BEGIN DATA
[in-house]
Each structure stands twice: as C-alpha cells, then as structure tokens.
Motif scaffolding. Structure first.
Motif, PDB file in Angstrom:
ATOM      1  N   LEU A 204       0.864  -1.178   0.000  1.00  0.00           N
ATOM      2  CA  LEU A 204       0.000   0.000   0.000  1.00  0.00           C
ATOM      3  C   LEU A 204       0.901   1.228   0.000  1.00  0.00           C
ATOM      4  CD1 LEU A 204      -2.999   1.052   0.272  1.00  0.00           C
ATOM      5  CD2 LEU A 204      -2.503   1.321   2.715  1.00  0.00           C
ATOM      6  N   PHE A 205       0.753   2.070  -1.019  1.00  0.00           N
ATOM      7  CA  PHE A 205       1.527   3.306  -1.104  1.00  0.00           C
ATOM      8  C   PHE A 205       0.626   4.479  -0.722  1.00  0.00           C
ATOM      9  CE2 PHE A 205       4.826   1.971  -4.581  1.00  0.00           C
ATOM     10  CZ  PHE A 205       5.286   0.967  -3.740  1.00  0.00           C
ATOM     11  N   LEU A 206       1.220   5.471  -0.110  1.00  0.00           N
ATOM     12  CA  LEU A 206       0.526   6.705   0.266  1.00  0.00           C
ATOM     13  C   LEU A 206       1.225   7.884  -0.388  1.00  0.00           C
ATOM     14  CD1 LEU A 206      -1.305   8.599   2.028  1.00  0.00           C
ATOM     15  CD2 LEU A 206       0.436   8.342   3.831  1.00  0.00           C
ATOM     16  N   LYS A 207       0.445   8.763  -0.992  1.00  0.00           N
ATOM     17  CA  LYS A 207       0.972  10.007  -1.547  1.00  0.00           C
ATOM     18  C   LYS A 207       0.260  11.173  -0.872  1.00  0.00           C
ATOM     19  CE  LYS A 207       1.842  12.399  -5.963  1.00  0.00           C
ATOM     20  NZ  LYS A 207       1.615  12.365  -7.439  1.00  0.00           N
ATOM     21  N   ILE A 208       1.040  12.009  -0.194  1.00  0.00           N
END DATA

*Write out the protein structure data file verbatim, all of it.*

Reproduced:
[in-house]
Each structure stands twice: as C-alpha cells, then as structure tokens.
Motif scaffolding. Structure first.
Motif, PDB file in Angstrom:
ATOM      1  N   LEU A 204       0.864  -1.178   0.000  1.00  0.00           N
ATOM      2  CA  LEU A 204       0.000   0.000   0.000  1.00  0.00           C
ATOM      3  C   LEU A 204       0.901   1.228   0.000  1.00  0.00           C
ATOM      4  CD1 LEU A 204      -2.999   1.052   0.272  1.00  0.00           C
ATOM      5  CD2 LEU A 204      -2.503   1.321   2.715  1.00  0.00           C
ATOM      6  N   PHE A 205       0.753   2.070  -1.019  1.00  0.00           N
ATOM      7  CA  PHE A 205       1.527   3.306  -1.104  1.00  0.00           C
ATOM      8  C   PHE A 205       0.626   4.479  -0.722  1.00  0.00           C
ATOM      9  CE2 PHE A 205       4.826   1.971  -4.581  1.00  0.00           C
ATOM     10  CZ  PHE A 205       5.286   0.967  -3.740  1.00  0.00           C
ATOM     11  N   LEU A 206       1.220   5.471  -0.110  1.00  0.00           N
ATOM     12  CA  LEU A 206       0.526   6.705   0.266  1.00  0.00           C
ATOM     13  C   LEU A 206       1.225   7.884  -0.388  1.00  0.00           C
ATOM     14  CD1 LEU A 206      -1.305   8.599   2.028  1.00  0.00           C
ATOM     15  CD2 LEU A 206       0.436   8.342   3.831  1.00  0.00           C
ATOM     16  N   LYS A 207       0.445   8.763  -0.992  1.00  0.00           N
ATOM     17  CA  LYS A 207       0.972  10.007  -1.547  1.00  0.00           C
ATOM     18  C   LYS A 207       0.260  11.173  -0.872  1.00  0.00           C
ATOM     19  CE  LYS A 207       1.842  12.399  -5.963  1.00  0.00           C
ATOM     20  NZ  LYS A 207       1.615  12.365  -7.439  1.00  0.00           N
ATOM     21  N   ILE A 208       1.040  12.009  -0.194  1.00  0.00           N